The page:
Visa & Money info here! Confused about dollars and visa docs? Find out more here

Bagan FAQS

There is so much information about Bagan floating around the internet it can be hard to find the exact answer to a simple question you may have. So here are some frequently asked questions that I had before I went and that I have heard people talking about recently. Hope these will make it easier to plan your trip to this amazing place.

Scroll down for answers to these questions and more…

• I want to visit Bagan, how to get there?
• How far is it from Bagan to Inle lake?
• Which is better Bagan or Mandalay?
• How big is Bagan?
• How to pronounce Bagan?
• How many temples in Bagan?
• Why so many pagodas and Stupas in Bagan?
• When was Bagan built?
• Why visit?
• How long should I stay in Bagan? How many days?
• When is the best time to go?
• What’s there to see and do?
• What to wear in Bagan?
• Where to eat?
• Where to stay?
• Tell me about hotels in Bagan?
• In which country is Bagan?


I want to visit Bagan, how to get there?
It depends where you are coming from, check out the transport to Bagan post here for precise information from Bagan to Mandalay, Yangon, Inle Lake and more.

How far is it from Bagan to Inle lake?
It is approximately 350km from Bagan to Inle Lake.
There is a bus, it takes 8-10 hours (you can never account for breakdowns!). You can also fly which takes about 40 minutes. Please note the airport for Inle Lake is Heho and for Bagan is Nyaung U.

Which is better Bagan or Mandalay
They are both very different, but if you have to choose one, I would go for Bagan every time.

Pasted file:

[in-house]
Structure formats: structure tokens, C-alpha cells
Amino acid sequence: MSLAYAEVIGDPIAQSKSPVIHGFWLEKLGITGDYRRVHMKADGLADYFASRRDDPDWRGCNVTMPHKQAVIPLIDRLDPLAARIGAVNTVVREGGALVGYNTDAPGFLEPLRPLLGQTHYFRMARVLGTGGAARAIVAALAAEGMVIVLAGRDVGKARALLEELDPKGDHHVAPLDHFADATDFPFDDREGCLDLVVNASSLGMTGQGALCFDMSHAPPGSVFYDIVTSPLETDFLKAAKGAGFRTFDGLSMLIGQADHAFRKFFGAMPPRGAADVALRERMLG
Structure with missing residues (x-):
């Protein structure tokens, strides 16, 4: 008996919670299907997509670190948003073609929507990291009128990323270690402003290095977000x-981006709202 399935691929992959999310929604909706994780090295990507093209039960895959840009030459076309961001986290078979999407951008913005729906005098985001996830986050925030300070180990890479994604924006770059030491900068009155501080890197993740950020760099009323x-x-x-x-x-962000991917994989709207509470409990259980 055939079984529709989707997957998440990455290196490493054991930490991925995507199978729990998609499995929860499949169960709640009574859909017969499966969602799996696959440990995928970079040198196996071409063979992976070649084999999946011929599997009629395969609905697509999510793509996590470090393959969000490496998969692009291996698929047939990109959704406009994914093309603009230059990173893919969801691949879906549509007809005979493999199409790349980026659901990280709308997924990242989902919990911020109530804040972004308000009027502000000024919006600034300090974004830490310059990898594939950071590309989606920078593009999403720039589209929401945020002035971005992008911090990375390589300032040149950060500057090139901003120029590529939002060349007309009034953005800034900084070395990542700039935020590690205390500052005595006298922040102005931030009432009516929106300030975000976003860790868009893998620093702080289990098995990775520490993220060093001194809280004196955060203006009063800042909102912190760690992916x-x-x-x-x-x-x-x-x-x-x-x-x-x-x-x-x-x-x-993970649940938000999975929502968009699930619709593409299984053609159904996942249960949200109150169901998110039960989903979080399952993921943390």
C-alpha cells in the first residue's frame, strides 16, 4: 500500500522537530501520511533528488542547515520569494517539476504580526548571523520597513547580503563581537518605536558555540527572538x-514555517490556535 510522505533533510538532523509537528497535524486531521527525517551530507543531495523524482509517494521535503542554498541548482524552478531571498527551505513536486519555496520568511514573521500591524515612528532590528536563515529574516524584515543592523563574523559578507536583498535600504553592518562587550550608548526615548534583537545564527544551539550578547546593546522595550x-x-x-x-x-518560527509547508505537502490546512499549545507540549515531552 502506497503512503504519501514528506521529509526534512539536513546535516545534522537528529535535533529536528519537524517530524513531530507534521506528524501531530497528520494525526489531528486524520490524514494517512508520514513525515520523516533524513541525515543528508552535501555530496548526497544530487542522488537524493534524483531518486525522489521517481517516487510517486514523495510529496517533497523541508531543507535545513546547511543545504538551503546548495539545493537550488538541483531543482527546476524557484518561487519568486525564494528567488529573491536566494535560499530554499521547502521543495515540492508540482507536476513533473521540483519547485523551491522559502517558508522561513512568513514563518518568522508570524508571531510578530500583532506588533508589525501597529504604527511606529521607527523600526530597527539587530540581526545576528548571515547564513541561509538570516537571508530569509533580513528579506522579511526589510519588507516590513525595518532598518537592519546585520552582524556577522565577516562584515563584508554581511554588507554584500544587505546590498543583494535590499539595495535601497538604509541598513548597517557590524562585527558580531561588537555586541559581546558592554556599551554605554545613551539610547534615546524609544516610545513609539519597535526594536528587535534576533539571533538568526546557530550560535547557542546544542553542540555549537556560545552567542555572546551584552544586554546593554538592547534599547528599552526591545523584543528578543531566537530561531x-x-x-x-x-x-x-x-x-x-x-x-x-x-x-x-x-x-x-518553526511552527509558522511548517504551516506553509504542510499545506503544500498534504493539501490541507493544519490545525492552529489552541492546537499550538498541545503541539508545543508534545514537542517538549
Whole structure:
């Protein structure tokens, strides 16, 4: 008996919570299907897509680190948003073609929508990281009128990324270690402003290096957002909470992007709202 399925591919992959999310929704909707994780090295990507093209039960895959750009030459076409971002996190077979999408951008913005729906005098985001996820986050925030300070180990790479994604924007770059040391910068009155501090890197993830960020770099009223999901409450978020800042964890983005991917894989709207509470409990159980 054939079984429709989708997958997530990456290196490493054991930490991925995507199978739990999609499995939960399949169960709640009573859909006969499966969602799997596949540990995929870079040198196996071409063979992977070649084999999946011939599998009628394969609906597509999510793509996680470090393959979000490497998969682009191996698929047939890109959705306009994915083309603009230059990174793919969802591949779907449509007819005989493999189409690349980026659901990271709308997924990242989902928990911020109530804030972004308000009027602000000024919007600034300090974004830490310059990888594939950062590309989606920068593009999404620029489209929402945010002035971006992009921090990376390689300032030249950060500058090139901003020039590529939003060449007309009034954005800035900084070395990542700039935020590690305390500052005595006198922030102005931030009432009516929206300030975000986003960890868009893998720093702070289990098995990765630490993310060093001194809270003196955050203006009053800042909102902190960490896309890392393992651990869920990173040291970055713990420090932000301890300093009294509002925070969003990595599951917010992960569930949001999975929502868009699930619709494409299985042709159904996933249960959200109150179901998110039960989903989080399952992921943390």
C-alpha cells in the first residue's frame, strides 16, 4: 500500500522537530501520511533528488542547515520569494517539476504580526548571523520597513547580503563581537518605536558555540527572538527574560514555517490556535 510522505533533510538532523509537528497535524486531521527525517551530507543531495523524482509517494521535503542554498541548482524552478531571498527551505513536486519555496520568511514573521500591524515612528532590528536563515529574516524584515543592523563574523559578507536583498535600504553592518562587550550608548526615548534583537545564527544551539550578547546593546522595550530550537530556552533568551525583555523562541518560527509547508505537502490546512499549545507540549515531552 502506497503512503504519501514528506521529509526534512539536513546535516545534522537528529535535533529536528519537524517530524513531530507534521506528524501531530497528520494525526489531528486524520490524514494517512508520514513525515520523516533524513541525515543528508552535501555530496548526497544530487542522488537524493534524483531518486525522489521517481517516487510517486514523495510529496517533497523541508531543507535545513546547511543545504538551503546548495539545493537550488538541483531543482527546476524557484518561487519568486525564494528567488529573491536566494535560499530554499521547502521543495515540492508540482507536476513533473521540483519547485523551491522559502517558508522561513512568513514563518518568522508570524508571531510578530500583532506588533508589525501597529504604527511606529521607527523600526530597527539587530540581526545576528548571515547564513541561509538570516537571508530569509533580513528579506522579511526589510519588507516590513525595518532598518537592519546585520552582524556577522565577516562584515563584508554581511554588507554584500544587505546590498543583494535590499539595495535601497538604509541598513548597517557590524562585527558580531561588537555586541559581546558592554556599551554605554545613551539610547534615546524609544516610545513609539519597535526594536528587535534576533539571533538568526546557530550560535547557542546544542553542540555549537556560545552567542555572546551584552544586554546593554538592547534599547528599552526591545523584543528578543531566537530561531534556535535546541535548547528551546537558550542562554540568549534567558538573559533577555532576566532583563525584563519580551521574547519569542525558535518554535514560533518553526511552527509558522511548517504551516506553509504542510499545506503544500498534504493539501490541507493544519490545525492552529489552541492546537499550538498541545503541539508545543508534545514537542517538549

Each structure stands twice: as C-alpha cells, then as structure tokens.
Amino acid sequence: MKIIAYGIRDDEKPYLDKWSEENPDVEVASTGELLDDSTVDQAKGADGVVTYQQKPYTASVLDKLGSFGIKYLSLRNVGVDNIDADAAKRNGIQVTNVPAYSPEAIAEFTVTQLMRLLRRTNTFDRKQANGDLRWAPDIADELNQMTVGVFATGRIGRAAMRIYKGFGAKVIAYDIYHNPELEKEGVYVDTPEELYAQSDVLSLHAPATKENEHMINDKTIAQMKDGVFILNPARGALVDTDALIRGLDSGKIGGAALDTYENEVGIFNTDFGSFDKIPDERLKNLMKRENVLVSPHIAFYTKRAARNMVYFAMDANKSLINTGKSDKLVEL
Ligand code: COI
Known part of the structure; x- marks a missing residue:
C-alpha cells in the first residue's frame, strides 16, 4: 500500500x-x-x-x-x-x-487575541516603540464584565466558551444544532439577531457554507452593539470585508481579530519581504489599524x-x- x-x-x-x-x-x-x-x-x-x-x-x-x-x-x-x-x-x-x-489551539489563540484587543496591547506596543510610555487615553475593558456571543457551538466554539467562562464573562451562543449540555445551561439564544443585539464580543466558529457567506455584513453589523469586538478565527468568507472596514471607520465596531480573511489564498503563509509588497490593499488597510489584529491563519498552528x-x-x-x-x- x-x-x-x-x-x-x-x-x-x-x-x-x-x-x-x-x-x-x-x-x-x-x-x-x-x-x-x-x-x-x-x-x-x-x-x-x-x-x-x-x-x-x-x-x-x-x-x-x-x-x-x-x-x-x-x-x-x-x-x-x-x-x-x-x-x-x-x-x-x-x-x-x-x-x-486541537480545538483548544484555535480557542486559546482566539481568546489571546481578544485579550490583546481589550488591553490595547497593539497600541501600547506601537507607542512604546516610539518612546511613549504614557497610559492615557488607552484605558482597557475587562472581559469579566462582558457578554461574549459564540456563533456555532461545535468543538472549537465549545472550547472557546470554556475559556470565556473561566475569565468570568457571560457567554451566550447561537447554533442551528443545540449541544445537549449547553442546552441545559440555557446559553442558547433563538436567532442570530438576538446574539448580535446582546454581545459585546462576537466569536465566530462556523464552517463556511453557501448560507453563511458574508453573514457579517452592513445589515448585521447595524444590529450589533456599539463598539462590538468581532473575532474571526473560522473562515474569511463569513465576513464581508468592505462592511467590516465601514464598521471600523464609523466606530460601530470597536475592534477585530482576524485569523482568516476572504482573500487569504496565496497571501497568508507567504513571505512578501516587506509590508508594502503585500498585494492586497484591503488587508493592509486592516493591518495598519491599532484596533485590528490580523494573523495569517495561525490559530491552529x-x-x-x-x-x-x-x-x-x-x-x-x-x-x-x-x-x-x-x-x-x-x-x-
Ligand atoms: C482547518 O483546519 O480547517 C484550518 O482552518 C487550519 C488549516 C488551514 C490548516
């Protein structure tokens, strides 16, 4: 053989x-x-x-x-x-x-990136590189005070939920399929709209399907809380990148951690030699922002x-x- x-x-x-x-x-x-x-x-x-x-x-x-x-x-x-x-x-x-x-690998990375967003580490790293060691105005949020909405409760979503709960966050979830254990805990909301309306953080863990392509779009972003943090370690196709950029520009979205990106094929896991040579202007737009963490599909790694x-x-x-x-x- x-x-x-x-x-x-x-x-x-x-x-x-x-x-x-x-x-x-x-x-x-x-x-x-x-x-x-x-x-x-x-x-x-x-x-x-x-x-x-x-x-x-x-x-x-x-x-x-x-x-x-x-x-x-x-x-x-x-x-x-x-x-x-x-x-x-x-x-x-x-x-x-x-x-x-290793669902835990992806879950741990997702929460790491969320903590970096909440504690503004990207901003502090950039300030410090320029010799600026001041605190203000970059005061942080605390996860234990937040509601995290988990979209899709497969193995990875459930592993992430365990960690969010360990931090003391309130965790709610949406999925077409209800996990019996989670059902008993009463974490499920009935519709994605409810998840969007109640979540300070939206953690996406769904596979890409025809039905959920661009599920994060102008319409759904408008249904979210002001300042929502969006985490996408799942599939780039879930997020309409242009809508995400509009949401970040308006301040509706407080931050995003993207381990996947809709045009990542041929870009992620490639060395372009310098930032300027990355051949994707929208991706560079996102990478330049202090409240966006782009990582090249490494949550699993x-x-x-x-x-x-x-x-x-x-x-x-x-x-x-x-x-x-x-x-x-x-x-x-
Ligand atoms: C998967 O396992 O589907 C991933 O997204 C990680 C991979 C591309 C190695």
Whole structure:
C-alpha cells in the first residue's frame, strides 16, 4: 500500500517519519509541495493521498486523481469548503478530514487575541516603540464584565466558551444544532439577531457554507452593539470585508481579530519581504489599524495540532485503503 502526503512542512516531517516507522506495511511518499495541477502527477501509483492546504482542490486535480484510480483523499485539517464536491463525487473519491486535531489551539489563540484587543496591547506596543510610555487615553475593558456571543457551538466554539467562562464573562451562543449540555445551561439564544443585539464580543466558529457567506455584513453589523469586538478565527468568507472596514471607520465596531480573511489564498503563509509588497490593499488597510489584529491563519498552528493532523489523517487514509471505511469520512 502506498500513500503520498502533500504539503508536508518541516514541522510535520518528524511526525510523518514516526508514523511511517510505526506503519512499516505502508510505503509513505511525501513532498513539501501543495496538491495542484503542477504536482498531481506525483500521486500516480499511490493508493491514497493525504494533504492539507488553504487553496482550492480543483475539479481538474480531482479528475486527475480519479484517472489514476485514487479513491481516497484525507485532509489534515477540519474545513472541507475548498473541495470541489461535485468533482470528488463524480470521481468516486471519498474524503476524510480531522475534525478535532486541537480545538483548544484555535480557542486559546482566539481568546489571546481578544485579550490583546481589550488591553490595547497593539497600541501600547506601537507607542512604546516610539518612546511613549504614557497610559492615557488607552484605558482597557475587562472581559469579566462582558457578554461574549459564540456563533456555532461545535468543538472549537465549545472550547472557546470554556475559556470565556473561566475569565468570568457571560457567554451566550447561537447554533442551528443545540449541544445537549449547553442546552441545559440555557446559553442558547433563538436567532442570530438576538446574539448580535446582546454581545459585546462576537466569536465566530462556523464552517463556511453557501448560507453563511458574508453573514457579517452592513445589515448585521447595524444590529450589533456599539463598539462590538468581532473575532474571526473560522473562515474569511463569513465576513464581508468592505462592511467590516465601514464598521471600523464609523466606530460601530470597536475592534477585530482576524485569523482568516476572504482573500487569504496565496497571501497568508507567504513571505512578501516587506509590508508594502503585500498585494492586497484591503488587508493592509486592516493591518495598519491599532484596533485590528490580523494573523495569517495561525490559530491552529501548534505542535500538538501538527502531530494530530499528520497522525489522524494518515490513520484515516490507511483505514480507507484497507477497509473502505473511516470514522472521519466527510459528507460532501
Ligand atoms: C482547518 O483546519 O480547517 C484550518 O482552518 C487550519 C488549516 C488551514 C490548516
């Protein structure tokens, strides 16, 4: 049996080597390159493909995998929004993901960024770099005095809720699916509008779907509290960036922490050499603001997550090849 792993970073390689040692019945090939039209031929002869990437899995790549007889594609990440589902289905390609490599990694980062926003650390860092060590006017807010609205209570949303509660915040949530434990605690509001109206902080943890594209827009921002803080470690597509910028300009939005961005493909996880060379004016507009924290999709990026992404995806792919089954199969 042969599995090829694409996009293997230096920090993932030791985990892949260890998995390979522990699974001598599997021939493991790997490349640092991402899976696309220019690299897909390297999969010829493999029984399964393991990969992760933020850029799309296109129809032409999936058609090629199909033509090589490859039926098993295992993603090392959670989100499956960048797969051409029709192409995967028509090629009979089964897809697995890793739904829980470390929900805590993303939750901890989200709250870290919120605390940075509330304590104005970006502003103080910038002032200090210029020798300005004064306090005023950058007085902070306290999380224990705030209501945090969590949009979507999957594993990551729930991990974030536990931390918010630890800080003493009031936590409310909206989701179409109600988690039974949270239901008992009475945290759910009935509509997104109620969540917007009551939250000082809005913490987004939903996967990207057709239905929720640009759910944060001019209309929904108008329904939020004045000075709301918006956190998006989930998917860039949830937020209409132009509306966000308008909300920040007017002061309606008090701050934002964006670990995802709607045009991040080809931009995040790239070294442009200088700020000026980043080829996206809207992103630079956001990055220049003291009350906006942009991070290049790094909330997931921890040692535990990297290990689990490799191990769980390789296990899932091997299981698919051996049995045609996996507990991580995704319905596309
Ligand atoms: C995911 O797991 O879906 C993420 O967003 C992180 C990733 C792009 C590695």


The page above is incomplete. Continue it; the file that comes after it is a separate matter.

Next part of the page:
How big is Bagan?
The area known as Bagan (ပုဂ) or, bureaucratically, as the ‘Bagan Archaeological Zone’, is a huge 26-sq-mile area
But Bagan is made up of different small areas. The main ones being Old Bagan, New Bagan and Nyaung U. Nyaung U is where you will find the bulk of touristy restaurants and shops etc but not many sights, Old Bagan to New Bagan spans an area of approx. 5km² and this is the area where you will find the fields of Temples and Pagodas.

How to pronounce Bagan?
Bah-Ghan would be the phonetic way to say Bagan.

How many temples in Bagan?
There is no set number because no body really knows, tiny hidden temples exist in nooks that no-one except a local has visited. At one point there was over 10,000 with now approximately 2200 remains remaining.

Why so many Pagodas and Stupas in Bagan?
From the 9th to 13th centuries, Bagan was the capital of the Kingdom of Pagan, the first kingdom to unify the regions that would later become what we know now as Myanmar. This meant people flocked here and started building and building.
The culture of Bagan was dominated by religion and vver the course of 250 years, Bagan’s rulers and their wealthy subjects constructed over 10,000 religious monuments (approximately 1000 stupas, 10,000 small temples and 3000 monasteries) in the Bagan plains. The prosperous city grew in size and grandeur, and became a cosmopolitan center for religious and secular studies.

When was Bagan built?
Bagan started being built many hundreds of years ago, around the 9th century. With a great location on the Irrawaddy river it became a hub and capital of the empire.

Why visit Bagan?
Because it is one of the most amazing sites you will ever see, no other place compares or comes close to the view of thousands of pagodas and temples that stretch as far as the eye can see. It is simply magical.

How long should I stay in Bagan? How many days?